Our climate is in crisis and human rights issues have taken on a deeply personal urgency
Over the last year we’ve witnessed the game-changing federal election roll out in the shadow of the pandemic. A wave of results across the country sent an unambiguous message to Canberra that Australians want action on climate change, all while COP meetings continued to dash expectations, and increased intensity and frequency of climate disasters became a constant reminder of the way our daily lives are being impacted by climate change.
Our resolve to nurture new and established writers and artists remains unchanged, as does creating space for human rights coverage in ways that engage, inspire and motivate.
Now we’re adding a few new features: editorial pillars devoted to climate justice and First Nations justice, and a commitment to resourcing investigative journalism.
We’re honoured to feature Bundjalung and Worimi Saltwater woman Phoebe McIlwraith with ‘Dancing With Country’. McIlwraith interrogates mainstream environmentalism and capitalist traditions and our failure to “…appreciate the interconnectedness of all things. This isn’t a learning unique to Bundjalung people – Indigenous cultures all around the world have independently drawn conclusions about how people do not ‘have a connection with nature’ but that we are nature.”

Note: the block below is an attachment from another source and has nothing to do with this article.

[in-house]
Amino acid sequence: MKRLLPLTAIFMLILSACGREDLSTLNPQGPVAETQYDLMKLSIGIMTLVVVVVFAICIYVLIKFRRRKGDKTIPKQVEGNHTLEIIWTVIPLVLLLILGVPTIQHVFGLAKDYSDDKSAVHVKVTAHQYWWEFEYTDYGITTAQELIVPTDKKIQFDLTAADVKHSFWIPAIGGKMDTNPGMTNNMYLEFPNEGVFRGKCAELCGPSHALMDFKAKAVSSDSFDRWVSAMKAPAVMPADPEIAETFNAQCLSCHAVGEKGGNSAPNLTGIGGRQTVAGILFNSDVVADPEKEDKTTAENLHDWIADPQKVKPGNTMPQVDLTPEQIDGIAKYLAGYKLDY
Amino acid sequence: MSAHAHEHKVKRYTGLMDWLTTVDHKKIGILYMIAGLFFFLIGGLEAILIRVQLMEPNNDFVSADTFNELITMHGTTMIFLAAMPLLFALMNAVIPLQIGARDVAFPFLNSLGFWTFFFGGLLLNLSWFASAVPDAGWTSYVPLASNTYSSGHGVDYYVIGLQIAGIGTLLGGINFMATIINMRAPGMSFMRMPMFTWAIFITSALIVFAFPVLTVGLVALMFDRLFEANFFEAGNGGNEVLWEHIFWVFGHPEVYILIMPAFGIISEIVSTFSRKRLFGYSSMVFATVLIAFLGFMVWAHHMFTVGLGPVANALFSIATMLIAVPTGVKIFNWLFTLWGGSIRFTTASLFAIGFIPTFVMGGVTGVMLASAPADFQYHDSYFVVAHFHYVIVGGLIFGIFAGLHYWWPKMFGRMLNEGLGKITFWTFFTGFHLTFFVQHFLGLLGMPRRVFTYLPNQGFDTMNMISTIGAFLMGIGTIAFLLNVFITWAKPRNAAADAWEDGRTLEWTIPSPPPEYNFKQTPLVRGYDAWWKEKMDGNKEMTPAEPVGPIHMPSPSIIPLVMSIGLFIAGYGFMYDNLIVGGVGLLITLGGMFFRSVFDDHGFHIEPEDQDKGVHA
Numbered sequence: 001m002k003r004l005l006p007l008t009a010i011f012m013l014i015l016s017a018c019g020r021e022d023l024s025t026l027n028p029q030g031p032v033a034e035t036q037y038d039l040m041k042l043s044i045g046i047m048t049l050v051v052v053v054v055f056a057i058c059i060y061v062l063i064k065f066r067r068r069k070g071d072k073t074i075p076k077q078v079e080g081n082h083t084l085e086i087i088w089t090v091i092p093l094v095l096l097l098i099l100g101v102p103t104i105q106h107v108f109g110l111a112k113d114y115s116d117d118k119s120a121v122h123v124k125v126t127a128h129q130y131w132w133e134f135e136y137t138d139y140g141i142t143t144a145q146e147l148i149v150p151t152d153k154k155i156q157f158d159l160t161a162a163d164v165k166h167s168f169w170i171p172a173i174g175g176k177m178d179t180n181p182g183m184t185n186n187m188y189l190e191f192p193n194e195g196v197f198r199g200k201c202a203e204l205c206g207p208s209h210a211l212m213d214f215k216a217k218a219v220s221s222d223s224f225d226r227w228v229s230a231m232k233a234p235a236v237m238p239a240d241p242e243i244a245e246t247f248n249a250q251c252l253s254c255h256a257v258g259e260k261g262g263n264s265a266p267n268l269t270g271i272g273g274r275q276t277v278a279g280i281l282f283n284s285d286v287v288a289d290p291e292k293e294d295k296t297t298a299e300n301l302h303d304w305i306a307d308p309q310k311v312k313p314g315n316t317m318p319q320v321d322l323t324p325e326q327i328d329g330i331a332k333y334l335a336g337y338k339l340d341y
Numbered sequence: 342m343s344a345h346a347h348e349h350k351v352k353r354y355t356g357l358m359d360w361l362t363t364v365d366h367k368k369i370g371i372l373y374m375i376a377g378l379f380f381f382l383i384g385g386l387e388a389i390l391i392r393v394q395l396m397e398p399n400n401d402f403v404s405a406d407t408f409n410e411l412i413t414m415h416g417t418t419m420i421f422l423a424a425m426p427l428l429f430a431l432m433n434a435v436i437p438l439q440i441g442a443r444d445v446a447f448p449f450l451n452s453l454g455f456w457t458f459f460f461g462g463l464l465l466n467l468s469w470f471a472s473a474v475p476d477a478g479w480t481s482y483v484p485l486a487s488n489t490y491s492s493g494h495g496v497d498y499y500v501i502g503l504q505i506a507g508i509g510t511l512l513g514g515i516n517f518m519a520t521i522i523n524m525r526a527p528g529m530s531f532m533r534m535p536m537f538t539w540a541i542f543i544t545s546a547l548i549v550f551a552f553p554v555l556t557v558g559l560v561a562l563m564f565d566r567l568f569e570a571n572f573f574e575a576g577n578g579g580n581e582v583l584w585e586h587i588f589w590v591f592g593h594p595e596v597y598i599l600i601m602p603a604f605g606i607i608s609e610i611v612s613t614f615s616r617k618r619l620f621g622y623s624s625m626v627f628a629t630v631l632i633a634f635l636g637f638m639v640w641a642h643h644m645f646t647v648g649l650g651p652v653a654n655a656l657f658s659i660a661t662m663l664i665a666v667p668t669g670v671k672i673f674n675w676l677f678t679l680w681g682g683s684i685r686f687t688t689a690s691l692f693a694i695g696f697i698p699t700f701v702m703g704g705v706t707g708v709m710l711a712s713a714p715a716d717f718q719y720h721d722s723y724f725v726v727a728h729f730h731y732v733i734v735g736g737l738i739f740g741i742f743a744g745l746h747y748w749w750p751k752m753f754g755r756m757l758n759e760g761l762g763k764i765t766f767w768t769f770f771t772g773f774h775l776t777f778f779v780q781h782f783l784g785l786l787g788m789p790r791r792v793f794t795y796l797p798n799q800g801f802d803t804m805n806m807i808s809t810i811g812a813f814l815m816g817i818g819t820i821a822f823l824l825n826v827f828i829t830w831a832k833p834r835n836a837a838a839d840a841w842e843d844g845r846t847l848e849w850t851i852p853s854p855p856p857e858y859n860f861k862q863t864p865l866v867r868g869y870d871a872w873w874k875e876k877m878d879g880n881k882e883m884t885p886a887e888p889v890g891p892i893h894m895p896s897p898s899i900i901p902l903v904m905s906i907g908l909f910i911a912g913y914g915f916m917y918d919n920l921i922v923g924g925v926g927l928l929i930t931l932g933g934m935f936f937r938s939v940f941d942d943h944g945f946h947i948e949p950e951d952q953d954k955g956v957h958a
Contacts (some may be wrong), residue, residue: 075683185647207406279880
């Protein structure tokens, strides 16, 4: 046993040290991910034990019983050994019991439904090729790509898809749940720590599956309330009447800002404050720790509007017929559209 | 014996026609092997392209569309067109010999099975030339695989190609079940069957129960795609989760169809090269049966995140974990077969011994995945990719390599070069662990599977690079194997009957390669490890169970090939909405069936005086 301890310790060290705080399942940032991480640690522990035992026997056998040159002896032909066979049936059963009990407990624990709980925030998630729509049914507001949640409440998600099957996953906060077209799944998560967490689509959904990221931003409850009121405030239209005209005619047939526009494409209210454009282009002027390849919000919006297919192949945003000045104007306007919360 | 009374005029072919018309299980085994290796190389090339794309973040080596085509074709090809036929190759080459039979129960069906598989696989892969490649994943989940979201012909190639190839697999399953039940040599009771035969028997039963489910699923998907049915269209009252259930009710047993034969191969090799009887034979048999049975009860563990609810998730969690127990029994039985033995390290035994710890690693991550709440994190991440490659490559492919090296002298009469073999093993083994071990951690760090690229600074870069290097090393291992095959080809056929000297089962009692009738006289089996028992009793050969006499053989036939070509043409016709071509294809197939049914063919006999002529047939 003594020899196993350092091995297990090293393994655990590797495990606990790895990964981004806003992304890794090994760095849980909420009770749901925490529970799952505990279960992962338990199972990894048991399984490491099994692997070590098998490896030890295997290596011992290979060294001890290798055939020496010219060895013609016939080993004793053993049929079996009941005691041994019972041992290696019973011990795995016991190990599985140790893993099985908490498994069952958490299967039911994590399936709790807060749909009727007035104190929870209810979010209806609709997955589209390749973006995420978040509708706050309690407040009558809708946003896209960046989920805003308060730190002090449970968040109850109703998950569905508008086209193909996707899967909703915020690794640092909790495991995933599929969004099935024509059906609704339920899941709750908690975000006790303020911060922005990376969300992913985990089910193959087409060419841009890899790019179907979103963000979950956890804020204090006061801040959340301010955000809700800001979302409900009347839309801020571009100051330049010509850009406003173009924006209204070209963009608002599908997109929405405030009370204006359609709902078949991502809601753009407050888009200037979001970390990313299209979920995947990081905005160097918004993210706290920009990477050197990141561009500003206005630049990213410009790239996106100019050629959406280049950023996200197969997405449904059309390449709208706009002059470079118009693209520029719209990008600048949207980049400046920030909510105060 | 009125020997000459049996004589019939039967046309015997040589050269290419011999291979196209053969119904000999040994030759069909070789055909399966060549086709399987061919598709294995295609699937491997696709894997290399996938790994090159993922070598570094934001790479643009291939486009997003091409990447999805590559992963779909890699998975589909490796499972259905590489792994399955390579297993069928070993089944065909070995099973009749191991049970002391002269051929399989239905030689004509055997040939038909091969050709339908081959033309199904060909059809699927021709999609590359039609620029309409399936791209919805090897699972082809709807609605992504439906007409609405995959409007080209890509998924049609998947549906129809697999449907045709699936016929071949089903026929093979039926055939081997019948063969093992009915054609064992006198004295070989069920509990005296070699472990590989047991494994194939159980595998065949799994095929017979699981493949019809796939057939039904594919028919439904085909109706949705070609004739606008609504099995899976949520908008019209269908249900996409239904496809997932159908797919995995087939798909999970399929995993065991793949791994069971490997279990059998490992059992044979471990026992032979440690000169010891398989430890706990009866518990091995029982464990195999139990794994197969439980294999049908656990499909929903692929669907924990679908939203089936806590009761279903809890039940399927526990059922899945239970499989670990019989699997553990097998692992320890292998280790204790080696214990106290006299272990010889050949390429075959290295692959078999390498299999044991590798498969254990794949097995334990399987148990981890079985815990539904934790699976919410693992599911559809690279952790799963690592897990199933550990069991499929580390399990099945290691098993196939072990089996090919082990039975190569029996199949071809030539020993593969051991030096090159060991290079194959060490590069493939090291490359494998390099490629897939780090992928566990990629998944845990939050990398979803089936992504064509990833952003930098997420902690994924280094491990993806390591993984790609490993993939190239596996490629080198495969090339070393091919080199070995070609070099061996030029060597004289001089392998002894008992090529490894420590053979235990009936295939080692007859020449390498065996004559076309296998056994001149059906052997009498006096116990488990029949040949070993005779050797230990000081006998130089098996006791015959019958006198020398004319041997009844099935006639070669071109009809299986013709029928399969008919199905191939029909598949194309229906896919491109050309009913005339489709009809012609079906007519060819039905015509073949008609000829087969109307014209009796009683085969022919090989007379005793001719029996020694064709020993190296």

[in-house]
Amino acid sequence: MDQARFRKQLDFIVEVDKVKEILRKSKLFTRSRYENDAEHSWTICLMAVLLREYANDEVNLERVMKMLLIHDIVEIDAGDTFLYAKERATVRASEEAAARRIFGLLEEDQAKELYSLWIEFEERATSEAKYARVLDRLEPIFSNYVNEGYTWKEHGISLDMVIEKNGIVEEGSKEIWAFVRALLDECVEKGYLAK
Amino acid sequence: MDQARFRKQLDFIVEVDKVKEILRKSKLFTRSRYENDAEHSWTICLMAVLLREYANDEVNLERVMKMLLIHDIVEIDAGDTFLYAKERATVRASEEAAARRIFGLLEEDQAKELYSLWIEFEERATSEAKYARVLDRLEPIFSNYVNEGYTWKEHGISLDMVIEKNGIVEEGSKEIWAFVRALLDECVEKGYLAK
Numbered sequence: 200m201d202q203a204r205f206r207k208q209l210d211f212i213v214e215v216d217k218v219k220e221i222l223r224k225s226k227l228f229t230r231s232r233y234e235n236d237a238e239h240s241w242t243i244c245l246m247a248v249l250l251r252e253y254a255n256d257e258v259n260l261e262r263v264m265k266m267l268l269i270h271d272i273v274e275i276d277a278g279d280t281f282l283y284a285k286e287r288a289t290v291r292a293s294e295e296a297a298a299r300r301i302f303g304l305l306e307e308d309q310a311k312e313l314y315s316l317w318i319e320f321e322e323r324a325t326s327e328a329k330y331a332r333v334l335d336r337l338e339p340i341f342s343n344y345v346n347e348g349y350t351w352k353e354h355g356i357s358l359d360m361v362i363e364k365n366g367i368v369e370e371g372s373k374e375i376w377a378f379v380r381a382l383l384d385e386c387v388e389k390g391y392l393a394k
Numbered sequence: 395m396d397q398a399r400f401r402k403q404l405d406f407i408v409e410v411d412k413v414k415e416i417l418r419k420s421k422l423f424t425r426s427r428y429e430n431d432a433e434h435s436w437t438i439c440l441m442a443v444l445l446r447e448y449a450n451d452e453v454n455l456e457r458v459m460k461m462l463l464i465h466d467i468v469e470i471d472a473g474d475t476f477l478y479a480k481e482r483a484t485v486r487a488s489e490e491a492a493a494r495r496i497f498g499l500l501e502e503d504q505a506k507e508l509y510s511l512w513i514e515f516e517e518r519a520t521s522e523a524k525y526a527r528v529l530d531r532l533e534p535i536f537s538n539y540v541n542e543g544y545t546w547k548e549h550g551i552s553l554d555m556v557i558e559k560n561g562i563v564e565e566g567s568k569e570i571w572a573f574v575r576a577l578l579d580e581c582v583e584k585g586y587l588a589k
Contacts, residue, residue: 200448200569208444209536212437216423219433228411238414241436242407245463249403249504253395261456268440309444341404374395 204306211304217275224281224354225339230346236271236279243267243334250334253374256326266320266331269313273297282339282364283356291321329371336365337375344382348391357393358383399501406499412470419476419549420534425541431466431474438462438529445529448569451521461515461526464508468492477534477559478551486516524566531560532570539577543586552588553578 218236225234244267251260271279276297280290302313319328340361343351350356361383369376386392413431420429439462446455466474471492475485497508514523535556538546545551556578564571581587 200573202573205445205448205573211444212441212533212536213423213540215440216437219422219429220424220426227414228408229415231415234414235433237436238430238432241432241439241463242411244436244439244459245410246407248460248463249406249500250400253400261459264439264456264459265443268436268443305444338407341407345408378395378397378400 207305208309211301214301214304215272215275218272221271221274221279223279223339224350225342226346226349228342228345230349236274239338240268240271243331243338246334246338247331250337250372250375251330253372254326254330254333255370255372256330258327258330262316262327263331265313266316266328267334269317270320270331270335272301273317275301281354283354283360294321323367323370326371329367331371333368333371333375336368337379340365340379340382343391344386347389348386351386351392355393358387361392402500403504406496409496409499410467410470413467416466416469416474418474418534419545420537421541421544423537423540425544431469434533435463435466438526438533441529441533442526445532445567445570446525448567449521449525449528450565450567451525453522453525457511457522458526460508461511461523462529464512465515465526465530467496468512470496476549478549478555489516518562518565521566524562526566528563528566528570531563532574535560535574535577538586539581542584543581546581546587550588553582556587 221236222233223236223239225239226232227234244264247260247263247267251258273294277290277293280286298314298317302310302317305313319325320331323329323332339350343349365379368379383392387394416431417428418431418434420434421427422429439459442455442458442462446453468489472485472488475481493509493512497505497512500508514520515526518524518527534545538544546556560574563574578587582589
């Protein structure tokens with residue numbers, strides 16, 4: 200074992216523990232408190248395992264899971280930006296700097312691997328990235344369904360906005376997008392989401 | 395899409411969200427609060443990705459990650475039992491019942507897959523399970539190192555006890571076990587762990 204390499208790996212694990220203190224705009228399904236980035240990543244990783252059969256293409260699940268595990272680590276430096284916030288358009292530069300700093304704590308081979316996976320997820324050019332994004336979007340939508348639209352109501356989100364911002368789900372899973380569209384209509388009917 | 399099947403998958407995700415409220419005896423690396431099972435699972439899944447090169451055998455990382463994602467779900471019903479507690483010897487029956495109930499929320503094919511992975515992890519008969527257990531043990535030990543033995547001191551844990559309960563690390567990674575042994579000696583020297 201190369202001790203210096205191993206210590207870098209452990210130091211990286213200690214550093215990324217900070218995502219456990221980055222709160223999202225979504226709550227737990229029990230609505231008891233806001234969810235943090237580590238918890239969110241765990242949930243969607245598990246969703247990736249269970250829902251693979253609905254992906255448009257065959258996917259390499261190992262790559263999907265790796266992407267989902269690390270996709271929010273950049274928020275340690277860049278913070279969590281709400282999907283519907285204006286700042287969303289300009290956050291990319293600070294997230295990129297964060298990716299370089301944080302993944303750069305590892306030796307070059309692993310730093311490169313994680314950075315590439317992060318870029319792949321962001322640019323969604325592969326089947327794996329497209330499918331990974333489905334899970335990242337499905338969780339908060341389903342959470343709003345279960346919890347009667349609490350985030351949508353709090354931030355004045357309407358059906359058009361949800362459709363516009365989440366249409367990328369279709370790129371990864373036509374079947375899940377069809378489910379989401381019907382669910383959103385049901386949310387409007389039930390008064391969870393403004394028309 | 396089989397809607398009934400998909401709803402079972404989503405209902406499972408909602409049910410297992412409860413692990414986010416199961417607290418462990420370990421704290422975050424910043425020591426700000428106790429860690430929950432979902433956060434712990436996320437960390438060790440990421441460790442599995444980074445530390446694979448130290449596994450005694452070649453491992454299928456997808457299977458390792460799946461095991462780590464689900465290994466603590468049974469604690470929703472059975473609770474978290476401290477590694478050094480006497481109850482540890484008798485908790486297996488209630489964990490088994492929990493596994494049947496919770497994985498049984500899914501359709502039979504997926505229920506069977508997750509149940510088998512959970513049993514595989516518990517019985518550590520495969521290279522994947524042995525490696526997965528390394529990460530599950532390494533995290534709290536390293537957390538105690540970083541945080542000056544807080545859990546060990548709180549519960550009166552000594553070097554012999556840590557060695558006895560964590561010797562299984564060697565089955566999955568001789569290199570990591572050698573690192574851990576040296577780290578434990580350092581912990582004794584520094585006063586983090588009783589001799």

Partnerships with aligned organisations and institutions are essential to Right Now and we’re starting this season strong, with Melbourne University’s Centre for Advancing Journalism and The Age. Together we are investigating how climate change is impacting human rights in this country in a deeply personal way.
Right Now’s Investigations editor, Gina McColl, is mentoring postgraduate students as they investigate how climate change is or will impact citizens’ rights – to housing, to health, to safe work, to Indigenous institutions and practices – in ways distinct to that locality.
These stories set in Melbourne suburbs are hyperlocal, but they’re also mirrored in cities across the world.
Climate change is no longer a hypothetical concept – it’s playing out across our backyards, our bodies and our budget bottom line. The first two investigations in this series were co-published with The Age in January with more to come:
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